Downtime is the enemy of a 24/7 business. For that reason, tech heavyweights Apple, Disney, AT&T and Time Warner Cable are investing hundreds of millions of dollars in the Charlotte USA region to develop data centers that afford maximum reliability. Apple's commitment of more than $1 billion has spurred the growth of several key industries within the Charlotte region and served as the primary catalyst for development of North Carolina's "Data Center Corridor," a somewhat linear grouping of data centers along the US 321/Western North Carolina area, says Scott Millar, president of the Catawba County Economic Development Corp.
Bed Bath & Beyond and Wipro/Infocrossing are other major companies relying on the region for data center needs. Reasons include the abundant, reliable and low-cost electrical energy; stable weather patterns; accessibility; favorable tax structure; and pre-developed sites available to inspect, buy and build in rapid fashion.
Heavyweights in Kings Mountain
AT&T recently invested $200 million in a new enterprise data center in Kings Mountain in Cleveland County, N.C.
"We spent a lot of time evaluating sites across the country and used a prioritized set of criteria and filters to determine which offered the best fit," says Josh Gelinas, spokesman for AT&T. "Based on those criteria, we chose Kings Mountain. The new facility is expected to bring over 100 jobs to the area and projected to have an economic impact of $935 million over 10 years."
AT&T joins The Walt Disney Co., which has completed a $200 million data center in Kings Mountain, and Wipro subsidiary Infocrossing, whose green-featured data center in Cleveland County has achieved LEED Gold certification. Kristin Fletcher, executive vice president of economic development for the Cleveland County Economic Development Partnership, says that local company RST Global Communications has completed the first portion of an underground, 100 percent fiber optic network that will provide broadband Internet, phone and TV services to residents and businesses.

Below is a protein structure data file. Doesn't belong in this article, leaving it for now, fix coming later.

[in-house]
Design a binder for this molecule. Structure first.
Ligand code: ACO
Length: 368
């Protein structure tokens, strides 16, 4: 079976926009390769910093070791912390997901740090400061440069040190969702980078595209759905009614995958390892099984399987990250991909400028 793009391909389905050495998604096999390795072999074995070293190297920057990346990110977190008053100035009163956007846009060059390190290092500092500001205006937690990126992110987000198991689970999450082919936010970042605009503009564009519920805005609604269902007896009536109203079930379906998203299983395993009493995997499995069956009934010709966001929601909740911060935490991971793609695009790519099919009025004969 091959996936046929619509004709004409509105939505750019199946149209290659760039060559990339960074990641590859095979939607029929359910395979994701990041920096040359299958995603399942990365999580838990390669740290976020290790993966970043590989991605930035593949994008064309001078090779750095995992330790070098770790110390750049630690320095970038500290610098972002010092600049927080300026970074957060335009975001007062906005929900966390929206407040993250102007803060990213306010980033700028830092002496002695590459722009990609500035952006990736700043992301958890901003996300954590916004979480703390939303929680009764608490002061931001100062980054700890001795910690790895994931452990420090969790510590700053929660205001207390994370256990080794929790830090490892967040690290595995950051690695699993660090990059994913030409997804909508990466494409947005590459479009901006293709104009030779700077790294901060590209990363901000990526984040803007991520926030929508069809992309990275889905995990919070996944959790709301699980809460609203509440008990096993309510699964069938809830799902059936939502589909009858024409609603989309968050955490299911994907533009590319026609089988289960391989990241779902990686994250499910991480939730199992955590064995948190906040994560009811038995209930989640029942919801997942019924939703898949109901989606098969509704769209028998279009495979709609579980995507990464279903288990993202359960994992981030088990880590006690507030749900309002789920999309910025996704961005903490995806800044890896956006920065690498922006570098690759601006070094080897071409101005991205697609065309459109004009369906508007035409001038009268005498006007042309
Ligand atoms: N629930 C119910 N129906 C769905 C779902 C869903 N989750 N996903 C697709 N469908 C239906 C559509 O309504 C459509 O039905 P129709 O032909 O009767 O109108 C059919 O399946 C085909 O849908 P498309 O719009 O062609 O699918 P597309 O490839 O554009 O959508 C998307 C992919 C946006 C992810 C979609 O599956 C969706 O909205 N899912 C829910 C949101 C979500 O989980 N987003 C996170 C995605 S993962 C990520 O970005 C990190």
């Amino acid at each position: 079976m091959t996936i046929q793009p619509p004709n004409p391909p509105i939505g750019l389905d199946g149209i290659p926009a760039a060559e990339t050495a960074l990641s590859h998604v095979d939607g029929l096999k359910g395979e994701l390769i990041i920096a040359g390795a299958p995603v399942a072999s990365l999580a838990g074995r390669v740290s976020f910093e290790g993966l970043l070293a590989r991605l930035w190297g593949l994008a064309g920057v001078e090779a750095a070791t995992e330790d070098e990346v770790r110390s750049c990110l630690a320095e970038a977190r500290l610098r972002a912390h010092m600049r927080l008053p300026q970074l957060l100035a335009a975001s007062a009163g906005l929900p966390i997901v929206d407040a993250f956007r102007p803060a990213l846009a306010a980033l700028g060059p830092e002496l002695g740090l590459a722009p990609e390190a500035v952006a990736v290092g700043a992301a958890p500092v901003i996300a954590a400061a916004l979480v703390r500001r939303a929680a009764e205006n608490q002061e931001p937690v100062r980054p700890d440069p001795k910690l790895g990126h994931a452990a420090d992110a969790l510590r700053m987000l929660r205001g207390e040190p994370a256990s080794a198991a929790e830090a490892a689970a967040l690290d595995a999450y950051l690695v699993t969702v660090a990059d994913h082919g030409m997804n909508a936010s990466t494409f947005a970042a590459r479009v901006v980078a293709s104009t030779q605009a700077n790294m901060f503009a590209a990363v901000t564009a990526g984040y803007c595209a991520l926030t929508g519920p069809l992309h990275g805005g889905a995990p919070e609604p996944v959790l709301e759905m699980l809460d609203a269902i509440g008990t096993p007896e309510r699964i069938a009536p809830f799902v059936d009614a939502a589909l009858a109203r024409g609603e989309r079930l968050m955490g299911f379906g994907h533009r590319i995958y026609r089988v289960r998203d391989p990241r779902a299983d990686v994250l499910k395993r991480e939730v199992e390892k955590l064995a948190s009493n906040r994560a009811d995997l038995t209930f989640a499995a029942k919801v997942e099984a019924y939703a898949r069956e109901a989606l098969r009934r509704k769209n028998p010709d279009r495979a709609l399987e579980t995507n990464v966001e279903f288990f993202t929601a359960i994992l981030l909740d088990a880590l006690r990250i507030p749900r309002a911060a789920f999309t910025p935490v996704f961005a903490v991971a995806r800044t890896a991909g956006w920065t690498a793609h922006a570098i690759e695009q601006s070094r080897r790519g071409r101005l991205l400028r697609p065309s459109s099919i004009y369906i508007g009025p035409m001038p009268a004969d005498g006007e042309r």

"Wipro's data center is one of the first companies connected to RST's fiber optic network," Fletcher says. "Having this technological infrastructure in place, and becoming a wired community, sends a message to the world that Cleveland County is a locale for the digital economy. At present, T5 Partners has built a data center powered-shell building that we are marketing to data center prospects."
Time Warner: $101 Million Expansion in Charlotte, NC
In late 2012, Time Warner Cable opened an $82 million data center at its Charlotte campus as part of a $101 million expansion. The data center brought 225 new jobs to the region. The new center features the latest IP technology to host applications that support customer emails, manage billing records and provide all backend applications to TWC employees. The building also includes cloud technology from NaviSite, a TWC company whose platform is designed to address IT issues confronting small and medium-sized businesses and enterprise organizations.
"Charlotte was the right choice because the city met a whole array of criteria: a strong talent pool in the local workforce, reasonable costs of doing business, attractive incentives for building on our major presence in the city and local elected officials who value and welcome business investment," says Jim Ludington, TWC senior vice president of technology business operations.
Data Centers and Charlotte's Energy Industry
Another driver for tech companies is the tie-in to Charlotte's fast-growing energy and renewable energy sector. Millar cites Apple's goal of providing 100 percent of its energy use via renewable energy sources. The company just completed its first solar farm adjacent to its data center in Maiden, as well as the nation's largest privately operated fuel cell system. Apple is also grading a second, equally large solar facility in nearby Conover next to the ncDataCampus business park. The Charlotte region's rapidly developing muscle in data center development is gaining notice.
"The consequence of this validation of the region's capabilities by the biggest tech companies in the world is that every chief information officer in the country now has to inspect North Carolina when considering locations for their data centers," Millar says.